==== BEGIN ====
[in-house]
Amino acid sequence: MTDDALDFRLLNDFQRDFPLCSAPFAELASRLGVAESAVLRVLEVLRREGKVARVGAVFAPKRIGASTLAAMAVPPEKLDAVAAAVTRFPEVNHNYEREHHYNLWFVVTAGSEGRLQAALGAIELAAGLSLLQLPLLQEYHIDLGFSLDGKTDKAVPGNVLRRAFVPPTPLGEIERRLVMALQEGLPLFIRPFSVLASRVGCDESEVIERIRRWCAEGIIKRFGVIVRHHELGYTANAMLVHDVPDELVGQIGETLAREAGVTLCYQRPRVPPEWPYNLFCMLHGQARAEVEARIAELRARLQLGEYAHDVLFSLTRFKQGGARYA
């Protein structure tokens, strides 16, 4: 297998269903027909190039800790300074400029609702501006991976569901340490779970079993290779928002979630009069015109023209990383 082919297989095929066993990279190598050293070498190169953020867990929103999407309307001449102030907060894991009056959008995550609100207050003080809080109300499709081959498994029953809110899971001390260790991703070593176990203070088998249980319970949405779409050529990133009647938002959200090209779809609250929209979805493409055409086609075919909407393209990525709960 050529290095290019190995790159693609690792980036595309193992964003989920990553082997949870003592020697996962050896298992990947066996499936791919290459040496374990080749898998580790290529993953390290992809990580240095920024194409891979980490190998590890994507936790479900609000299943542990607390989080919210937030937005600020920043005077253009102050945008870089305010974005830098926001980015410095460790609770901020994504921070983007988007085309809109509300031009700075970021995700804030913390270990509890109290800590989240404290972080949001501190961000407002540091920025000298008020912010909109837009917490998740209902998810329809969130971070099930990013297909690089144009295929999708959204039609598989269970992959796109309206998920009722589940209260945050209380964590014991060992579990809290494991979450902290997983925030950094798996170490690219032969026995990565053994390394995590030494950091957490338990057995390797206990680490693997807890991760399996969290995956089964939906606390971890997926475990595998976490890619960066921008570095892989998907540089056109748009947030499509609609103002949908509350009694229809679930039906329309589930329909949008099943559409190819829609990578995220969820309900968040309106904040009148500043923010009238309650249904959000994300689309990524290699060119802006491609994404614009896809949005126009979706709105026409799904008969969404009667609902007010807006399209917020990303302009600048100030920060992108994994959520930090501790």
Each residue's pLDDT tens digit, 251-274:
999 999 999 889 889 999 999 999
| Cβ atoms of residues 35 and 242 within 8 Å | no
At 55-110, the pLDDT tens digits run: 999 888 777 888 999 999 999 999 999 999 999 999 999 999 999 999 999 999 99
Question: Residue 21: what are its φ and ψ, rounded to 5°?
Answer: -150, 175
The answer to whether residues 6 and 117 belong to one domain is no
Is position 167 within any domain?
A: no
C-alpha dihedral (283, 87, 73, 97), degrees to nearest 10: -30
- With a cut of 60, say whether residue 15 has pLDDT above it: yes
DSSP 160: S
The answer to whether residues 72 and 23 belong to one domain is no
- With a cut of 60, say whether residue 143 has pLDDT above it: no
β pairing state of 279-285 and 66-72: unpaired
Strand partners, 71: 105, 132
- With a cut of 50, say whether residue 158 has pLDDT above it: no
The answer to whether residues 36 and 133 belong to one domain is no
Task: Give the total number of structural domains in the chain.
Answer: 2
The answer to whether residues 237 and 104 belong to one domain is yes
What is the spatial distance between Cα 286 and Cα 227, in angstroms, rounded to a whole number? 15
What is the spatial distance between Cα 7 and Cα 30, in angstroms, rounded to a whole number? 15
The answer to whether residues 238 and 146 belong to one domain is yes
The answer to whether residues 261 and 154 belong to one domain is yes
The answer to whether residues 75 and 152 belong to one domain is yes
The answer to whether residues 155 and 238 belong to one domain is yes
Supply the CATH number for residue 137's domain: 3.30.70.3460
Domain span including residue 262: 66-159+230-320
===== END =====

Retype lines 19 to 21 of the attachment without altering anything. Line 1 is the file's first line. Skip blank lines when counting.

Strand partners, 71: 105, 132
- With a cut of 50, say whether residue 158 has pLDDT above it: no
The answer to whether residues 36 and 133 belong to one domain is no